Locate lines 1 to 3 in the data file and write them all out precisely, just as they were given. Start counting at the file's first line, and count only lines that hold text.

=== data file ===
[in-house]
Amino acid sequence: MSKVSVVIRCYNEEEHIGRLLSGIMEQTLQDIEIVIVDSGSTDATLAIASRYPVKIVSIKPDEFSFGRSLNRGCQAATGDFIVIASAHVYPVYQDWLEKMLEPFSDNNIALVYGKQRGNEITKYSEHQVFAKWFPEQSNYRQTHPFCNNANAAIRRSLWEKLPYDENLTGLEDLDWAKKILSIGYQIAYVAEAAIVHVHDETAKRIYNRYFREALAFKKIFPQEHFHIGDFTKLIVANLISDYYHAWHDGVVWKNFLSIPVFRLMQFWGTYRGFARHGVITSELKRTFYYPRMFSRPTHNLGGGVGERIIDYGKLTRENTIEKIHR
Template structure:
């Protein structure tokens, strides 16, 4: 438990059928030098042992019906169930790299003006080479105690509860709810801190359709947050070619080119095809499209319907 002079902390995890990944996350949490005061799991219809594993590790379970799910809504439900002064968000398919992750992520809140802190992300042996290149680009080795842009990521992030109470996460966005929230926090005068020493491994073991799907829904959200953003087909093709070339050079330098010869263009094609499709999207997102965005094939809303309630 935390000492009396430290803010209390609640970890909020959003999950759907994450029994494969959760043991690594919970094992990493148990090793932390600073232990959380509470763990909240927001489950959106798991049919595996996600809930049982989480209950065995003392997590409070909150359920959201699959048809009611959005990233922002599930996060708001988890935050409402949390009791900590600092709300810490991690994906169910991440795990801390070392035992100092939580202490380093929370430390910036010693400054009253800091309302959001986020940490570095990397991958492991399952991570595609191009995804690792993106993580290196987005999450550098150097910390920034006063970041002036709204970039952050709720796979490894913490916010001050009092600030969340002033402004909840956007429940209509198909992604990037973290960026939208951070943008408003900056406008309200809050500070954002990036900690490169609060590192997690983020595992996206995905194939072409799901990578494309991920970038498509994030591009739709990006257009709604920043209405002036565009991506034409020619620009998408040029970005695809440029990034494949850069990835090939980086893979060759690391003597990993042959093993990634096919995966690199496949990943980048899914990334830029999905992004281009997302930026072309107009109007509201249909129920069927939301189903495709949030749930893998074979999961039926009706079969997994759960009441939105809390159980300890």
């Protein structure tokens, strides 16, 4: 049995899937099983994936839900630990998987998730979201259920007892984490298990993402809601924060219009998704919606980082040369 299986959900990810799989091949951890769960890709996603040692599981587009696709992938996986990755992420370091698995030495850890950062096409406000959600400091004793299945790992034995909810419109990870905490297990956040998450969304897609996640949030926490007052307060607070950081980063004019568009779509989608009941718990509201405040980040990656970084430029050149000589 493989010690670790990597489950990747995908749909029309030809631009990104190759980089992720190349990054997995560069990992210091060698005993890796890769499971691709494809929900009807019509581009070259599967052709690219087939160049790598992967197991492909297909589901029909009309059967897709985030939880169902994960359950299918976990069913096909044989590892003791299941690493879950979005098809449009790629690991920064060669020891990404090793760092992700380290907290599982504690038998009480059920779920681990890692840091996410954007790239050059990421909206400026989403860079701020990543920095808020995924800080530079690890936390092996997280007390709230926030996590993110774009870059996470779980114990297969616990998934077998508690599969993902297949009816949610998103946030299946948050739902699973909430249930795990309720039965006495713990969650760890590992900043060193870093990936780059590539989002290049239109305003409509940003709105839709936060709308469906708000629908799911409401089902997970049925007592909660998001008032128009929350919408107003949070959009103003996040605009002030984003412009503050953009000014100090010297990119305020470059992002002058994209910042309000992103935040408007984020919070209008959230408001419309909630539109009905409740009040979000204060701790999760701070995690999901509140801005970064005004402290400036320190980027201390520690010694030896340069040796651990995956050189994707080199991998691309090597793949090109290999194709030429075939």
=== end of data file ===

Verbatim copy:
[in-house]
Amino acid sequence: MSKVSVVIRCYNEEEHIGRLLSGIMEQTLQDIEIVIVDSGSTDATLAIASRYPVKIVSIKPDEFSFGRSLNRGCQAATGDFIVIASAHVYPVYQDWLEKMLEPFSDNNIALVYGKQRGNEITKYSEHQVFAKWFPEQSNYRQTHPFCNNANAAIRRSLWEKLPYDENLTGLEDLDWAKKILSIGYQIAYVAEAAIVHVHDETAKRIYNRYFREALAFKKIFPQEHFHIGDFTKLIVANLISDYYHAWHDGVVWKNFLSIPVFRLMQFWGTYRGFARHGVITSELKRTFYYPRMFSRPTHNLGGGVGERIIDYGKLTRENTIEKIHR
Template structure: